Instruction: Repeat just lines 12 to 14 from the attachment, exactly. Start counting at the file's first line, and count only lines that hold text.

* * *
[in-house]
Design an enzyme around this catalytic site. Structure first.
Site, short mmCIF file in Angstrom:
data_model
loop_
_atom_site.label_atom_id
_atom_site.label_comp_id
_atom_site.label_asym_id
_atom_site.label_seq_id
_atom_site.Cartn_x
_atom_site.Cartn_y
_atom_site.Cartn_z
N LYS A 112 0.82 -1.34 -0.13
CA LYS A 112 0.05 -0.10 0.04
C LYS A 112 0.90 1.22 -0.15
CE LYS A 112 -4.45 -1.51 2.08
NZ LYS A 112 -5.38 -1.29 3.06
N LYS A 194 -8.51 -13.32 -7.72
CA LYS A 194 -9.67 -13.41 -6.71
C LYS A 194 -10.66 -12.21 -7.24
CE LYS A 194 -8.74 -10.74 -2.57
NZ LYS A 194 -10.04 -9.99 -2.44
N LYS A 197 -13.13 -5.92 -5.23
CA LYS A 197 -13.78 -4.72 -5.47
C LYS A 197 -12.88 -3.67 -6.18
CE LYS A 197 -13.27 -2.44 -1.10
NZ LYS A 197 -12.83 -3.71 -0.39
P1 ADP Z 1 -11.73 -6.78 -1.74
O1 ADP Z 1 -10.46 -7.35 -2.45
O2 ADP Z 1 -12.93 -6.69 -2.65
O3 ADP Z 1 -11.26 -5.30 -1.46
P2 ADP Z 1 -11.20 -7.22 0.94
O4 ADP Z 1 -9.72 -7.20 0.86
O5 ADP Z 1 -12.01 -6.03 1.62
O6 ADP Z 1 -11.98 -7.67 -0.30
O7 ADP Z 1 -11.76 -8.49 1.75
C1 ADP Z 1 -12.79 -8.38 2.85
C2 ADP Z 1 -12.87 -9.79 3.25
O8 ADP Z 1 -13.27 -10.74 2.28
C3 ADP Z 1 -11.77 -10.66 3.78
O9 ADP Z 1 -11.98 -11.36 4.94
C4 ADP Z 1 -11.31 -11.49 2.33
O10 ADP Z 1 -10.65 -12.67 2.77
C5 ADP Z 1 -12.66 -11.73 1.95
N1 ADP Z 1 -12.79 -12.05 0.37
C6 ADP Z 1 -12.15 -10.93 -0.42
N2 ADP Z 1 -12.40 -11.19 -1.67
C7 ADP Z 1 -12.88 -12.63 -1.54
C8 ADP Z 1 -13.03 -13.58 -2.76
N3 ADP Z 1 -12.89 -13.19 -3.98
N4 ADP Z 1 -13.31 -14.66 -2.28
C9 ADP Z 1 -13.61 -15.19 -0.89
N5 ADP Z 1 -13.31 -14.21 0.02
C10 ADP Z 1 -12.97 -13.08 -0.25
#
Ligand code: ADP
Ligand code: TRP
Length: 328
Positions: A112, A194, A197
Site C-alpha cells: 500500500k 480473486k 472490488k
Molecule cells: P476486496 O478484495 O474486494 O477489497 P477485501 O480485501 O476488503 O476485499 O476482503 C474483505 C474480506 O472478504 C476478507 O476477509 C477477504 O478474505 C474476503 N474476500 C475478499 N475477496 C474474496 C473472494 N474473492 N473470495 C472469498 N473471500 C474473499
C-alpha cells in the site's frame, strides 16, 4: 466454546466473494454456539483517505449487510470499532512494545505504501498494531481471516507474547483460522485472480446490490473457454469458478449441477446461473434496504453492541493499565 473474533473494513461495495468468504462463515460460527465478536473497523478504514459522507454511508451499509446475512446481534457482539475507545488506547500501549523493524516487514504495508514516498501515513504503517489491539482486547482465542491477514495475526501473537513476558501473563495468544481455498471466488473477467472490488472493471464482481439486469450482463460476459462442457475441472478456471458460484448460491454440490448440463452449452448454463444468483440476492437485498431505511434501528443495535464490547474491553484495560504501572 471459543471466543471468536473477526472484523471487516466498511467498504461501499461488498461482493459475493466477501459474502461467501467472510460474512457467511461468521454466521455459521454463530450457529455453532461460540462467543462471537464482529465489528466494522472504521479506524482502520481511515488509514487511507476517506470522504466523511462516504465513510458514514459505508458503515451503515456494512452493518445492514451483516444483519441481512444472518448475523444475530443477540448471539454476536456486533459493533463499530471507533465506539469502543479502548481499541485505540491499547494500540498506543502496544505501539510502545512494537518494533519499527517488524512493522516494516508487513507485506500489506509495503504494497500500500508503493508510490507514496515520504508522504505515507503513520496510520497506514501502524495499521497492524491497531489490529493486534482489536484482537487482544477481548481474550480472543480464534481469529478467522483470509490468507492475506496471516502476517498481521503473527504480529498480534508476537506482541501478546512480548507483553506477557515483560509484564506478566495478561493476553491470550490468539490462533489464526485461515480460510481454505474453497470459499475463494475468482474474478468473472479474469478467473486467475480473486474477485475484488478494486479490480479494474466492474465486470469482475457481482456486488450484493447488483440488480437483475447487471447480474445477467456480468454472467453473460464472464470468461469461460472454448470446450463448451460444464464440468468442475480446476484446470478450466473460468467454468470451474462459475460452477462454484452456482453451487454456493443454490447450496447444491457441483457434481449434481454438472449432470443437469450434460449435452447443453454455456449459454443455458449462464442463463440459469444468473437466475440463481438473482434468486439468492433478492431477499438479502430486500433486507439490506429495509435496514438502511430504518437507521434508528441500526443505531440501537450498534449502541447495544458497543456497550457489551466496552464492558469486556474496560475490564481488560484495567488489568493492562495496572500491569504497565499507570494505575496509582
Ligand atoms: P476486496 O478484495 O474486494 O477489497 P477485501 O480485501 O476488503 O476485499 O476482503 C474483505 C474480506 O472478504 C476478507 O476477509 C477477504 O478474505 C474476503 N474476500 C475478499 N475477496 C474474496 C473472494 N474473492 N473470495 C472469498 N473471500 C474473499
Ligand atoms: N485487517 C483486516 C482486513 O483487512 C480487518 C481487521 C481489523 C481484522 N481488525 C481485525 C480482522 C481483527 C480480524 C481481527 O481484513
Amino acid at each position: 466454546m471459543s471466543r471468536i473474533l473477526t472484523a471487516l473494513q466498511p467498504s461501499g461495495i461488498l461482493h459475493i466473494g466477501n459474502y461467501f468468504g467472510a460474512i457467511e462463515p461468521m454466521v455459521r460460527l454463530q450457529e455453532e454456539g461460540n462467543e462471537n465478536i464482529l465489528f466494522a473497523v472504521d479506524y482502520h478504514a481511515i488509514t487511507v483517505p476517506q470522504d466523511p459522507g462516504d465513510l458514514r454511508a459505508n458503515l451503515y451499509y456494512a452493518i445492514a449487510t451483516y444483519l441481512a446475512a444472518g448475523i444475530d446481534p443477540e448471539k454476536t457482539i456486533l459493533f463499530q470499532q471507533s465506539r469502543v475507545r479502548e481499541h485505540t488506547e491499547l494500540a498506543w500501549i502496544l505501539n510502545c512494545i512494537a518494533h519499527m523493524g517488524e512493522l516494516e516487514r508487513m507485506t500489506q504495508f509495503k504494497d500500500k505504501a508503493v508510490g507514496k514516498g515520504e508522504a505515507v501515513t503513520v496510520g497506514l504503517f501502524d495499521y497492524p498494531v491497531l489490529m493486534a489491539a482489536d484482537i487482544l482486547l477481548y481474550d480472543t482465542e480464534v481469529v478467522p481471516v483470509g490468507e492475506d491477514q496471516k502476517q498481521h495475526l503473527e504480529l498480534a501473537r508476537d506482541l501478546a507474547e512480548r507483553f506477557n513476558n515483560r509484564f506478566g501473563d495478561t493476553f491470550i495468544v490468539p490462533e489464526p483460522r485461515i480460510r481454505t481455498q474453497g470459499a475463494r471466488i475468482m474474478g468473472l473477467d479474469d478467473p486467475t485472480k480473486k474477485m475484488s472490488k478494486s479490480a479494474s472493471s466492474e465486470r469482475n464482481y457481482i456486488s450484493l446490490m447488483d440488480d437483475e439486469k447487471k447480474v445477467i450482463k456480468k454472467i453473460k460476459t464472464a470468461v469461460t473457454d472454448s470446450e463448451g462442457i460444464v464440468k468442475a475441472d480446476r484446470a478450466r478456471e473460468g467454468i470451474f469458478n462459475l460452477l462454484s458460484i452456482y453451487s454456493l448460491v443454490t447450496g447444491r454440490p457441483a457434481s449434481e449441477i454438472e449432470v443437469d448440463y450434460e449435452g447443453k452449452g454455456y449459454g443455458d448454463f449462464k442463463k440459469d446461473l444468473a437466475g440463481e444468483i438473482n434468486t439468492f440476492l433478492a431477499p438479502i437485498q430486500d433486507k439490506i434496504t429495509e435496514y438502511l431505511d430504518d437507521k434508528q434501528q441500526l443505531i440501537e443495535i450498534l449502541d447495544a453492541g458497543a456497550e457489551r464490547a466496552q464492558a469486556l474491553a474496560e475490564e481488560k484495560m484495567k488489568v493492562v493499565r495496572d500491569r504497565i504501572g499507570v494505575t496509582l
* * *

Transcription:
_atom_site.Cartn_z
N LYS A 112 0.82 -1.34 -0.13
CA LYS A 112 0.05 -0.10 0.04